The PGA Tour has sought finally to kill off golf’s own 'Super League' plan once and for all, by handing over millions of dollars in bonuses to the likes of Tiger Woods and Rory McIlroy that are not reliant on their performances inside the ropes. The US circuit - which last year took a stake in the European Tour in response to the threat of the Premier Golf League - has put aside a yearly pot of $40m-plus (£28m-plus) to reward the players who in the Tour’s words “positively move the needle”. The Player Impact Program, which began on Jan 1, will feature 10 recipients in all, with the golfer topping the “Impact Score” list receiving $8m (£5.7m). GolfWeek, the American magazine, has seen the Tour document circulated to the pros and reports that there will be at least six metrics used in the standings. These include: the player’s position on the season-ending FedEx Cup points list, his popularity in Google Search and a number of rating measurements judging the minutes he appears on broadcasts, the appeal of their “brand”, their social media presence and the amount of coverage on media platforms. The ratings, which can apparently distinguish between the positive and negative coverage a player generates, have weird and wacky names such as “Nielsen Brand Exposure", "MVP Index" and “Meltwater Mentions. They have already taken their place alongside more traditional stats such as “driving average”, “greens hit in regulation” and “putts per round”. The Tour document highlights how the Impact Scores would have worked out in 2019. Tiger Woods, who won the Masters that year, predictably topped the list, with Rory McIlroy in second and Brooks Koepka, Phil Mickelson and Rickie Fowler completing the top five. England’s Justin Rose, who spent time as world No 1 in ’19, was ninth on that list. Rose welcomed the scheme, but warned that there will inevitably be objections from the rank and file, who will feel that this will simply mean more money for the heavyweights who, as well as their mammoth sponsorships, already command huge appearance fees outside of the US. “There’s lots of ways that that money could also be used in different ways to support the Tour, so there’s going to be a lot of people with different opinions and it’ll be interesting to see what the reaction is like,” Rose said. “There's obviously been concepts [developed] around the world that want to focus on the best players being together more often, right? “And I think with media dollars being so astronomical these days and four, five, six guys always being the ones that are being used to promote the tournament, this is just a way of trying to sort of incentivise them and help them out - not that they need much helping out. But a rising tide lifts all ships.” Woods, of course, has not played in 2021 after a car crash, but Koepka still believes the 15-time major winner should head this year’s list regardless. “Tiger should be No 1 on that list no matter what,” Koepka said. “He’s the entire reason we’re able to play for so much money, the entire reason this sport is as popular as it is, and the reason most of us are playing. Not even close.” Whatever else, this surely means curtains for the PGL, the proposed F1-type circuit that, backed with Saudi Arabia finance, would have guaranteed the world’s top players tens of millions up front. Despite being swiftly rejected by elite players such as McIlroy and Spaniard Jon Rahm, the Raine Group has been nothing but persistent and late last summer the private equity firm came in with what European Tour chief executive Keith Pelley described as “a very compelling offer to take the Tour to another level but in a different direction”. However, Jay Monahan, Pelley's counterpart on the PGA Tour, was quick to react, purchasing a slice of the European circuit’s media arm for approximately £60m. A “strategic partnership” was duly announced, with the door seemingly slammed on the PGL. The overwhelming view will be that this extraordinary sweetener to the star names will serve as the impenetrable bolt. One insider told Telegraph Sport: “It is the talk of the range and the PGL is now seen as dead in the water. Ian Poulter has been excited because of the 1.5 million views he got for the post during the Players when he tweeted about the four Europeans at 29 over. He thinks that will hurl him up the standings! But nobody is exactly sure how they will decide who are the biggest influencers. It’ll probably just be the usual suspects.”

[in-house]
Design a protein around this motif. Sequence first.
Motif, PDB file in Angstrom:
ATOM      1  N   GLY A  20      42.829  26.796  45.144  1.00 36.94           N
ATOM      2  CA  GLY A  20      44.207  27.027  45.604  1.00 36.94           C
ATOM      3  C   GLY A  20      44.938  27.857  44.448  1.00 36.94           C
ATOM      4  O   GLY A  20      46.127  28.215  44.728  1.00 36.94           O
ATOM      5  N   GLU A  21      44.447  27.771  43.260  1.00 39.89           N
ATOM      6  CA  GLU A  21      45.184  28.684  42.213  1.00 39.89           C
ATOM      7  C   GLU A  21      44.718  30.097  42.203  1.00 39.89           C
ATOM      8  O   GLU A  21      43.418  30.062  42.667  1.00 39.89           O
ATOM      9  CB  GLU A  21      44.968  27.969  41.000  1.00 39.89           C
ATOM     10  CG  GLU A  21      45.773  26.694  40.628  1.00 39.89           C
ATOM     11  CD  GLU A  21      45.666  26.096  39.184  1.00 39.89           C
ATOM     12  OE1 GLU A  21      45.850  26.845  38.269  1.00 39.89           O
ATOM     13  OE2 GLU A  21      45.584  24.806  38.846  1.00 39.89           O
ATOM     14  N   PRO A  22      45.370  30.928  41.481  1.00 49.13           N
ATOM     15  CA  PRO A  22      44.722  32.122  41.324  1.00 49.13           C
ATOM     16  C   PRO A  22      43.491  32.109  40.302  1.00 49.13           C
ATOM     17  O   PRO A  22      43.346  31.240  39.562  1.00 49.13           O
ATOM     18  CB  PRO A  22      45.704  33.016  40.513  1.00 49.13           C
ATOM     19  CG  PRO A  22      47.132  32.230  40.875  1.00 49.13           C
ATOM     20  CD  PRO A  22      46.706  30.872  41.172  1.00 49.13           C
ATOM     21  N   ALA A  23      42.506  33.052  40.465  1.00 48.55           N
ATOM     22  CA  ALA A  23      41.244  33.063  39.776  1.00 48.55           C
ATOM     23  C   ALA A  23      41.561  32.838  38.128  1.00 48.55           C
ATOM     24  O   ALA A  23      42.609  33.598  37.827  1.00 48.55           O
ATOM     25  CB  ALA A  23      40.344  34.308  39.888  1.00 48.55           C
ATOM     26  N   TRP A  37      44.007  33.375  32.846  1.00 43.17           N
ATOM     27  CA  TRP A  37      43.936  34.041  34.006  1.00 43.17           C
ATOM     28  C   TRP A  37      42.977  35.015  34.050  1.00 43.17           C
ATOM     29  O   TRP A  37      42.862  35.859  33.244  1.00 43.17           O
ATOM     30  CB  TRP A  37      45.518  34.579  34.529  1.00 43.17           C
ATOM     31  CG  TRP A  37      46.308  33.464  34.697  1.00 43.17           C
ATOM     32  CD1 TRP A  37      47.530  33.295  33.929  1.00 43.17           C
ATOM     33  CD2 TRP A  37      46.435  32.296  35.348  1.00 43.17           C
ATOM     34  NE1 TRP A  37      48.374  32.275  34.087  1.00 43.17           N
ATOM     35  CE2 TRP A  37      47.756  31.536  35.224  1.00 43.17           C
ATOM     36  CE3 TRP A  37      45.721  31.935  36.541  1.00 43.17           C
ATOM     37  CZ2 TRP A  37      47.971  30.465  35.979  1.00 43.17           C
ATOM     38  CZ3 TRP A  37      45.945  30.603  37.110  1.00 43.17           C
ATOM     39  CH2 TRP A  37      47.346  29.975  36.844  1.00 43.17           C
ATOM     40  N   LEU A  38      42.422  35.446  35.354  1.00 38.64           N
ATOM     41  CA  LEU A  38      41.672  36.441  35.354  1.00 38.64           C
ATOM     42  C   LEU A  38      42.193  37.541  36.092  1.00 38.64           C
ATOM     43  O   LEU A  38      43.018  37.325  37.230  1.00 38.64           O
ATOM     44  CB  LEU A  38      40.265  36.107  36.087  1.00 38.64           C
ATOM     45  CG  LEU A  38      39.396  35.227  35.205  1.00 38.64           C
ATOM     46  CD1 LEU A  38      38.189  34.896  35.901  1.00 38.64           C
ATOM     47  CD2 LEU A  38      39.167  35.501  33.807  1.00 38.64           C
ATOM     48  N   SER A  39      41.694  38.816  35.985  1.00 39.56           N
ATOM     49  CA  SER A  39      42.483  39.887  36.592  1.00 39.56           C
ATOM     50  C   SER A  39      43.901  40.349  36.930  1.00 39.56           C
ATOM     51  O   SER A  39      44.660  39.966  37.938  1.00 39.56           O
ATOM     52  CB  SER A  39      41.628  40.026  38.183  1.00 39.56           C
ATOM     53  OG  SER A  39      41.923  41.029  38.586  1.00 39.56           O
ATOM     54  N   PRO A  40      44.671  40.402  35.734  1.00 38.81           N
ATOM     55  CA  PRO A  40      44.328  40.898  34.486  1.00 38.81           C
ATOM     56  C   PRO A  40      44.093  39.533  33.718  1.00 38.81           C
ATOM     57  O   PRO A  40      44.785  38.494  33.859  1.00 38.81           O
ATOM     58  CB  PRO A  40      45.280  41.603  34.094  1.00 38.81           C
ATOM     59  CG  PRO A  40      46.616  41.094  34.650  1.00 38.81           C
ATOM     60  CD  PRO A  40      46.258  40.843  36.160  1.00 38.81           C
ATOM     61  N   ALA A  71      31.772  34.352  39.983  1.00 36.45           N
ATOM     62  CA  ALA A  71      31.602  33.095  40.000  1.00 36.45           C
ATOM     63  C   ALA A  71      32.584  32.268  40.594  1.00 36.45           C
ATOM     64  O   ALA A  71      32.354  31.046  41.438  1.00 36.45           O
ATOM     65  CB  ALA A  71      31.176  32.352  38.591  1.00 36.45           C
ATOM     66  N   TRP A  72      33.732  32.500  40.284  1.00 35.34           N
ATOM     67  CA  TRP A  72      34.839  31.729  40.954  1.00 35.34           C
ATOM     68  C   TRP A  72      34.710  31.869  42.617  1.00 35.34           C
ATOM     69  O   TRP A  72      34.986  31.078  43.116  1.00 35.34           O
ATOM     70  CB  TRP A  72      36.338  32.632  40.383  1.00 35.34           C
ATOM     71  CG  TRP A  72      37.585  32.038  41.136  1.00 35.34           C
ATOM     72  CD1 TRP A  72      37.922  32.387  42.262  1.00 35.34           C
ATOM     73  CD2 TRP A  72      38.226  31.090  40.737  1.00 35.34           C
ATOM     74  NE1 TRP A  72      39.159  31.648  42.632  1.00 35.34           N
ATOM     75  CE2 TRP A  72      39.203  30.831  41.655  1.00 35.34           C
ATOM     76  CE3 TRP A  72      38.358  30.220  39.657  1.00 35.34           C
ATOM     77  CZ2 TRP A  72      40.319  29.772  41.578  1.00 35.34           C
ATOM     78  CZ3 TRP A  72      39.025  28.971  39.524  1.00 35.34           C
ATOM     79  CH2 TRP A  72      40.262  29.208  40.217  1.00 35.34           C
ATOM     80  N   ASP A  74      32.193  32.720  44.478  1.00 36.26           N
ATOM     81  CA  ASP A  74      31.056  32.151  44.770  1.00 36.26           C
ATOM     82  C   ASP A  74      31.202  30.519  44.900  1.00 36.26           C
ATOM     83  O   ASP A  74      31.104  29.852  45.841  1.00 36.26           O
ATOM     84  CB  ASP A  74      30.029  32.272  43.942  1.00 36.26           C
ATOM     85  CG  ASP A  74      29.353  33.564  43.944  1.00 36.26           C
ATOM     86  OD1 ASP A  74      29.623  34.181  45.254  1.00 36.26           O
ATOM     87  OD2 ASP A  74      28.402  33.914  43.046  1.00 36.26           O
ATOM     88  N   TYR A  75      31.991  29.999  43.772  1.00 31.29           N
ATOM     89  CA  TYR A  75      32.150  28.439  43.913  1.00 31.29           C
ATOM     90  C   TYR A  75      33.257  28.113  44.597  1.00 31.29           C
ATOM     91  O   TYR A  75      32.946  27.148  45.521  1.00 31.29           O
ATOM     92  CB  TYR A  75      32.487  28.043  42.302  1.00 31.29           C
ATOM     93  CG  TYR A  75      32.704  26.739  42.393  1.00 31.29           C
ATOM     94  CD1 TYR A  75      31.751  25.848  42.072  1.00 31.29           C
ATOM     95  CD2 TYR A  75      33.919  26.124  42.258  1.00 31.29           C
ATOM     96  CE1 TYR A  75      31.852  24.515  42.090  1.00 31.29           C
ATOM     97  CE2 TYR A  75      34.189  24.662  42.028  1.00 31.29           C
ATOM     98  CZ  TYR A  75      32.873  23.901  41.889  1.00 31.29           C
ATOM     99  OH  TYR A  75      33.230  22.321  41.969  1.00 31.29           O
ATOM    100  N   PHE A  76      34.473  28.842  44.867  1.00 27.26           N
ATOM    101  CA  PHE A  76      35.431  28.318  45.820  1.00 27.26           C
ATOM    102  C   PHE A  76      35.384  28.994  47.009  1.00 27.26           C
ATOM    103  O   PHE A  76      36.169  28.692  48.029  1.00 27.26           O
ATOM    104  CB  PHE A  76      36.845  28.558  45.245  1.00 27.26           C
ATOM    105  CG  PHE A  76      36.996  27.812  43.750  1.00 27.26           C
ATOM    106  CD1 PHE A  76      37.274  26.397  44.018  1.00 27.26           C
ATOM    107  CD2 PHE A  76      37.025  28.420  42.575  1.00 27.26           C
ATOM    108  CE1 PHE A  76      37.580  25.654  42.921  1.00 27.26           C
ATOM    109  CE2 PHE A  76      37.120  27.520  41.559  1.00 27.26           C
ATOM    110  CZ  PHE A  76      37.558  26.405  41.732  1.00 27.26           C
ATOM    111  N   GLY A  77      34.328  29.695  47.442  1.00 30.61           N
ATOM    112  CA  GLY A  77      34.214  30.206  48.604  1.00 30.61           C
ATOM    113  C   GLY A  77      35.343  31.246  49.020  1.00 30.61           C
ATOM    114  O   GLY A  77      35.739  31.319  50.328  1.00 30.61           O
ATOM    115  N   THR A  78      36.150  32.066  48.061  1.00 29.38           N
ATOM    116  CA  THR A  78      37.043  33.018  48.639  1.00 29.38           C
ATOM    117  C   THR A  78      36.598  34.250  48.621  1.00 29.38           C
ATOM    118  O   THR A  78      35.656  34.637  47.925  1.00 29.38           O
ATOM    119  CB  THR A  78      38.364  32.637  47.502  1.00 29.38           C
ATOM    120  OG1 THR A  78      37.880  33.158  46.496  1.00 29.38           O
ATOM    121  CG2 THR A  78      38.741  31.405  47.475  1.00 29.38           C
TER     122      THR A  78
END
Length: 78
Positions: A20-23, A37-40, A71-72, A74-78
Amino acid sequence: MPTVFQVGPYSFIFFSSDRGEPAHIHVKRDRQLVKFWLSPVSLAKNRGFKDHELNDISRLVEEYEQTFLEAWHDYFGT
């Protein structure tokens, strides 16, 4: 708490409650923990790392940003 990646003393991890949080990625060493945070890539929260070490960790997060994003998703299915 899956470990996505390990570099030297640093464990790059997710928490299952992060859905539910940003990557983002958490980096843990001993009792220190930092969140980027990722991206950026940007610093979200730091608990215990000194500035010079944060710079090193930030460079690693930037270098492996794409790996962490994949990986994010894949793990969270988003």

Kevin Durant is only 10 days removed from his return following a hamstring injury.
Maybe it's not as one-sided, but Gilbert Burns expects the same result between Kamaru Usman and Jorge Masvidal in their rematch.
Nearly a month into the MLB season, it's time to consider trades to improve your squad. Fred Zinkie examines some big names off to slow starts worth trying to land in a deal.
Aldon Smith, now with the Seattle Seahawks, is wanted by Louisiana police in connection with a Saturday night incident.
Brown is the second former USC lineman to die at a young age in the past year.
Davis is close to returning from a calf strain, and James is continuing to make progress in his rehab.
In a sign of the times, Suggs announced his decision to turn pro alongside the NFT auction that will also score the winner an autographed pair of game-worn shoes.
The most chaotic part of this war room might be the literal ram walking through.
On a night when a social media star knocked out a former MMA champion in a ridiculously one-sided fashion, Robert Whittaker reminded the world what a true fighter is all about.
Phillips might be the best edge-rush talent in the 2021 class, but medical, character concerns must be thoroughly vetted
Players, pundits and fans cheered a "beautiful day for football" after the breakaway European Super League unravelled with the withdrawal of the six English clubs who had signed up to the controversial competition. Following a storm of protests and threats of sanctions from the game's European and world governing bodies, the Super League said it would "reconsider" its next steps after it was reduced to three teams each from Spain and Italy on Tuesday. Amid reports that Italian sides Inter Milan and AC Milan had also withdrawn, former Liverpool defender Jamie Carragher declared the competition dead in the water.